"I wasn't gonna do it," Lowrie said. "(But) my parents decided I could do it.
"I just wanna go back and do at least as good as last year. I want to improve my time," said Lowrie, who finished 44th in about 19 minutes, 30 seconds, in last year's championships.
The four area runners met a qualifying standard for the high-profile seeded races. Lowrie, Olsen and McCarty all bettered the girls' standard of 19:50. Hayes has topped the 16:30 boys' mark.
Other runners from the area qualified for the event, but for a variety of reasons, have chosen not to participate.
Lowrie is looking forward to the Foot Locker race.
"I run it for experience," Lowrie said. "I ran for the Linganore Lightning community club. I used to go to nationals then - it was a lot easier than Foot Locker."
The first mile of the race is almost entirely flat, following a concrete path to the 1 1/2 mile point, in which runners are opposed by the park's wooded, rolling hills on a rocky path. With a half-mile to go, the course returns to its amiable flat nature, allowing the runners a fast finish.
"The course is pretty (fast)," Lowrie said. "But so many girls made it hard about 200 runners."
College recruiters will be plentiful, hovering near the finish line, scouring the high school talent in search of the next Lynn Jennings or Bob Kennedy.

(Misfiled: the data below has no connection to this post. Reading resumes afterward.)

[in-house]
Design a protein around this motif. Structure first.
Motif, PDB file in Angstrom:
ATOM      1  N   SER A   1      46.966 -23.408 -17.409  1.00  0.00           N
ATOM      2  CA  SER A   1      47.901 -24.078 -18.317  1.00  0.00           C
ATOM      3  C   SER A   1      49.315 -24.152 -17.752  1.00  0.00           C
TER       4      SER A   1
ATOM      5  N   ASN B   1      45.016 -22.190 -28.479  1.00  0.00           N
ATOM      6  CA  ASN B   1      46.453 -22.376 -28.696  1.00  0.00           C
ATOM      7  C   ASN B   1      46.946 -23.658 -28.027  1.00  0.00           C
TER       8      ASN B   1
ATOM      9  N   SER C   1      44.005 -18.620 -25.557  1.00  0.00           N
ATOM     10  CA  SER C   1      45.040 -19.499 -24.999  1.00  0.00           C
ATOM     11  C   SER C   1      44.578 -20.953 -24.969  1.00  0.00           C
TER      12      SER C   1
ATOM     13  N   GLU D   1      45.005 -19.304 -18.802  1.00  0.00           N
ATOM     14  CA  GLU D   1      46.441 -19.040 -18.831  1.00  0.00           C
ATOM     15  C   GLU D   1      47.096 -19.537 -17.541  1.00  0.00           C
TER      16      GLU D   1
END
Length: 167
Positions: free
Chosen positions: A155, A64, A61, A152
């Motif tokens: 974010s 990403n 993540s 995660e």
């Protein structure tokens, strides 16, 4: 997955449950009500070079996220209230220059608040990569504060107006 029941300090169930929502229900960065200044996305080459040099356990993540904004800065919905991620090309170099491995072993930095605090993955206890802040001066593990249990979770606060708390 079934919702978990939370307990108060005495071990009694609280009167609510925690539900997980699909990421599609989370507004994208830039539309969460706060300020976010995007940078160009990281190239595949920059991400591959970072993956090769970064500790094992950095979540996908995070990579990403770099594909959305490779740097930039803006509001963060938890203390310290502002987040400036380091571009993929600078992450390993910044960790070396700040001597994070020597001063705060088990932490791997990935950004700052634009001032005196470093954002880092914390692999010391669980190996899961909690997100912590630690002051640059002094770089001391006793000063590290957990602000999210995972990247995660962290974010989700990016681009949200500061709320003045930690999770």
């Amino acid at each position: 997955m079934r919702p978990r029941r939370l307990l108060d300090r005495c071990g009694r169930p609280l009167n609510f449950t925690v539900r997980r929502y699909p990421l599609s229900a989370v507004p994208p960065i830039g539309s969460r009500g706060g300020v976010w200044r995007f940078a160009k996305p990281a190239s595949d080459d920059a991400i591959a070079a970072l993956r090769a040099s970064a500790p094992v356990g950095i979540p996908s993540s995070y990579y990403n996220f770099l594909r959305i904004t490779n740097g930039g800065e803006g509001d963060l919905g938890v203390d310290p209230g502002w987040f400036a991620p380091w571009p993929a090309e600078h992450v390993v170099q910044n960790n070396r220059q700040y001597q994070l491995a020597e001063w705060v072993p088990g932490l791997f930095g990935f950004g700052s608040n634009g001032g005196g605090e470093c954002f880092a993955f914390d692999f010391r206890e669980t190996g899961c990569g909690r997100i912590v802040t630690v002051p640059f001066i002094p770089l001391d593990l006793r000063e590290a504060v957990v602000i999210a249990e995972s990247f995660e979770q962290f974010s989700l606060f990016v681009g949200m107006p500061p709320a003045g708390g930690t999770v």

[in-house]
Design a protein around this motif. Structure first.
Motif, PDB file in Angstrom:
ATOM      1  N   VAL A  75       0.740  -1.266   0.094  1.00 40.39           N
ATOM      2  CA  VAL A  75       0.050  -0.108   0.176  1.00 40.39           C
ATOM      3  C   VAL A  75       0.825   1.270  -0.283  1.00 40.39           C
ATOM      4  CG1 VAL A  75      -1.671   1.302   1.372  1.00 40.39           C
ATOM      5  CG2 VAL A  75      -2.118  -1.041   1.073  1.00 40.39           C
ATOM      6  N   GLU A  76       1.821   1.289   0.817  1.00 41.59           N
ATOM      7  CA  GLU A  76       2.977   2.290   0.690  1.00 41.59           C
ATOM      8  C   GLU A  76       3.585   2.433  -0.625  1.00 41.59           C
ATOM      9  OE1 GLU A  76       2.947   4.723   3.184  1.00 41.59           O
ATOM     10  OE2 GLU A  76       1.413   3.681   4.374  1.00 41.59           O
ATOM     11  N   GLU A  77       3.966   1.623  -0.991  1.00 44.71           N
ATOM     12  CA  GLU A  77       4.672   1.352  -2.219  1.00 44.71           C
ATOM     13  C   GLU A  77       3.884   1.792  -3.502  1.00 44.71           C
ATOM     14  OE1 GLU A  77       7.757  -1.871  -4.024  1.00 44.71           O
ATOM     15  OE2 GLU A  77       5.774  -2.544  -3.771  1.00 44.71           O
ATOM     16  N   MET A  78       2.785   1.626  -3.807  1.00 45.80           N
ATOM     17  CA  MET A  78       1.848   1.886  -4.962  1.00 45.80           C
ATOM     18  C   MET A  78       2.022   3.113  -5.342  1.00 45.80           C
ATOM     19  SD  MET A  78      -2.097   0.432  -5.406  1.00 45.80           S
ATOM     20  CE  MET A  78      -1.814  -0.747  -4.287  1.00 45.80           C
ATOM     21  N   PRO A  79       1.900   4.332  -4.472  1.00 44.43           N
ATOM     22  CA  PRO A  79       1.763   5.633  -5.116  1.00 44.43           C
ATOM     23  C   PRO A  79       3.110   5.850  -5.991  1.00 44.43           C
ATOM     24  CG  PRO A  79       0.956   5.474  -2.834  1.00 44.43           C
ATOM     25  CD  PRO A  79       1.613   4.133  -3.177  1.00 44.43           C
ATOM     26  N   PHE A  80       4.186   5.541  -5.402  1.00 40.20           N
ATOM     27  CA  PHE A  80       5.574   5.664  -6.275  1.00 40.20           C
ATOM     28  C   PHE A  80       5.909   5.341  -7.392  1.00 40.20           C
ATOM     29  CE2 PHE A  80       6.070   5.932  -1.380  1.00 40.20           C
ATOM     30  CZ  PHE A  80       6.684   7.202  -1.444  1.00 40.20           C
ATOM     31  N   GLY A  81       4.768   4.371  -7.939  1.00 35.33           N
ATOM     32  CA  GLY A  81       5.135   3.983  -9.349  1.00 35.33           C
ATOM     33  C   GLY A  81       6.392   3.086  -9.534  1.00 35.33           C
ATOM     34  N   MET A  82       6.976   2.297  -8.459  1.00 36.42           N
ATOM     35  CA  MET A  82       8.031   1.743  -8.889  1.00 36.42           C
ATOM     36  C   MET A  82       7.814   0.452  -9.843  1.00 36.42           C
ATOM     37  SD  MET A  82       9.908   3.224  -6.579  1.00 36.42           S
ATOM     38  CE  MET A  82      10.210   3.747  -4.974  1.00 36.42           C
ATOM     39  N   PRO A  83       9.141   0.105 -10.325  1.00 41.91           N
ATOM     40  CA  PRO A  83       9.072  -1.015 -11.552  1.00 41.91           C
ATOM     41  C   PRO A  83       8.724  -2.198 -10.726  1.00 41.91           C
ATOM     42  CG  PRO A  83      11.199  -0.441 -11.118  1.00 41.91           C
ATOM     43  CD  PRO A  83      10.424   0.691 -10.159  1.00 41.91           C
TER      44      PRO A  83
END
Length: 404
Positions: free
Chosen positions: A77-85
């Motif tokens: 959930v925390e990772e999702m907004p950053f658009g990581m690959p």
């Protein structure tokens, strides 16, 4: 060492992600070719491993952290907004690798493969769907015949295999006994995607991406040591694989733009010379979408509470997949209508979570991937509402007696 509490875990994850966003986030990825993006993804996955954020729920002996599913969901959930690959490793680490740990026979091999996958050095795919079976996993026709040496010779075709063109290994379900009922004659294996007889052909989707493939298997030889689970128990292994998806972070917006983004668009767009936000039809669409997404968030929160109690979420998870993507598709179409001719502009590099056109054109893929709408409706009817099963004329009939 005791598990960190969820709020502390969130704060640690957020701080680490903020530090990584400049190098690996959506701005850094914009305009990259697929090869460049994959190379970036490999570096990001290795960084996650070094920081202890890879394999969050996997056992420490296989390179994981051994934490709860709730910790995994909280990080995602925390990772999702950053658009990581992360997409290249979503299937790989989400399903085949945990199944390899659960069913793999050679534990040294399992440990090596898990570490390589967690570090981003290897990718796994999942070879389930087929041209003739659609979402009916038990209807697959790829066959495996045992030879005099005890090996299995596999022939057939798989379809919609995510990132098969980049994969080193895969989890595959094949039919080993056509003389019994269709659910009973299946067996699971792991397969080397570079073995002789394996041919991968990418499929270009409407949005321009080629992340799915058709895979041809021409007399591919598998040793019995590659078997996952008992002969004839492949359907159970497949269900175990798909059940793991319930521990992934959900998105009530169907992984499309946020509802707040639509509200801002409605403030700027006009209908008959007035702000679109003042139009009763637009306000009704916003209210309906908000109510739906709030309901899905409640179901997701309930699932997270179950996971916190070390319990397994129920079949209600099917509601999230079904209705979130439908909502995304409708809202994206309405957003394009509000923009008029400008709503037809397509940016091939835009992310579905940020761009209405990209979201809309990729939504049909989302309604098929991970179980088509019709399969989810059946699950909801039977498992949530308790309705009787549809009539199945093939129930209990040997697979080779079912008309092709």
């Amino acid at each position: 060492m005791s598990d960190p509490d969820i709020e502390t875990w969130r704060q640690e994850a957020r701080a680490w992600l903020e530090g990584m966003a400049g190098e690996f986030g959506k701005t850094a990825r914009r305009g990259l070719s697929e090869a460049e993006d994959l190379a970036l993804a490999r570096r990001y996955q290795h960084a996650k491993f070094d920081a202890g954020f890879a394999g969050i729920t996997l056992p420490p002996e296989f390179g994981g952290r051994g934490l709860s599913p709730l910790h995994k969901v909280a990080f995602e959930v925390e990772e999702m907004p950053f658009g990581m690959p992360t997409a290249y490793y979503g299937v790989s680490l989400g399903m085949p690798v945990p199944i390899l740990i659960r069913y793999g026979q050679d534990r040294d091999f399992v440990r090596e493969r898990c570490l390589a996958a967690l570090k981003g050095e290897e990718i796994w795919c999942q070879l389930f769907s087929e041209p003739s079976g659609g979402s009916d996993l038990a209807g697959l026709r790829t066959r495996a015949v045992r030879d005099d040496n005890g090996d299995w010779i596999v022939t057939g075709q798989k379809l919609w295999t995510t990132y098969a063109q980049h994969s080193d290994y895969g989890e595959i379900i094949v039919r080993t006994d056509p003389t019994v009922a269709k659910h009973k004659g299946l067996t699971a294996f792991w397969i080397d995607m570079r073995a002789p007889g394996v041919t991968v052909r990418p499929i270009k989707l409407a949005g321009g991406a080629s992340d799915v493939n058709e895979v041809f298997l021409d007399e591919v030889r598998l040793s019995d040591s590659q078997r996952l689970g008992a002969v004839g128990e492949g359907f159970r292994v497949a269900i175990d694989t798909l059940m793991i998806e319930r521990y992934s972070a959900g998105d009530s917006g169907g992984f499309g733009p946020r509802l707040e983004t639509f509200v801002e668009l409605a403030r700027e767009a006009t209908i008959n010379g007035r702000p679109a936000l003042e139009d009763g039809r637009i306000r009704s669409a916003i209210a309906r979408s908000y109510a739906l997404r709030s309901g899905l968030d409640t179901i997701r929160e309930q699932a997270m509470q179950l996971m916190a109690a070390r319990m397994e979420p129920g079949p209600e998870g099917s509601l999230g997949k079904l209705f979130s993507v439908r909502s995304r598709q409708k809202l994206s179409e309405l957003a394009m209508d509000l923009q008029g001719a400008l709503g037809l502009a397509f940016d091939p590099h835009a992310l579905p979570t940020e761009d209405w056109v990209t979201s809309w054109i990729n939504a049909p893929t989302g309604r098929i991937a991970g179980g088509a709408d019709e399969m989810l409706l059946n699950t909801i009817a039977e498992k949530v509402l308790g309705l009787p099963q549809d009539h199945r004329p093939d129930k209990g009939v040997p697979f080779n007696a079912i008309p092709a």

The area should be well represented at the championships. Olsen finished three places and less than 60 seconds behind Lowrie in the state title race at Hereford. McCarty failed in her bid for a Class 2A trophy, finishing three seconds behind the winner. She has lost two state meets by a combined four seconds. Hayes, meanwhile, battled sickness and a poor start early in the season to come back and finish second for Linganore at a 17:01 clip, leading the Lancers to the Class 3A boys' team title.
Of course, the trip to New York is an expensive one. But in this case - just as in competition - Lowrie is one step ahead of the rest.
"I have relatives in New York," Lowrie said. "Last year, Inga went up with us, and we slept at my uncle's. We were there for three days."
And in those three days, anything can happen. In fact, most runners hope something will.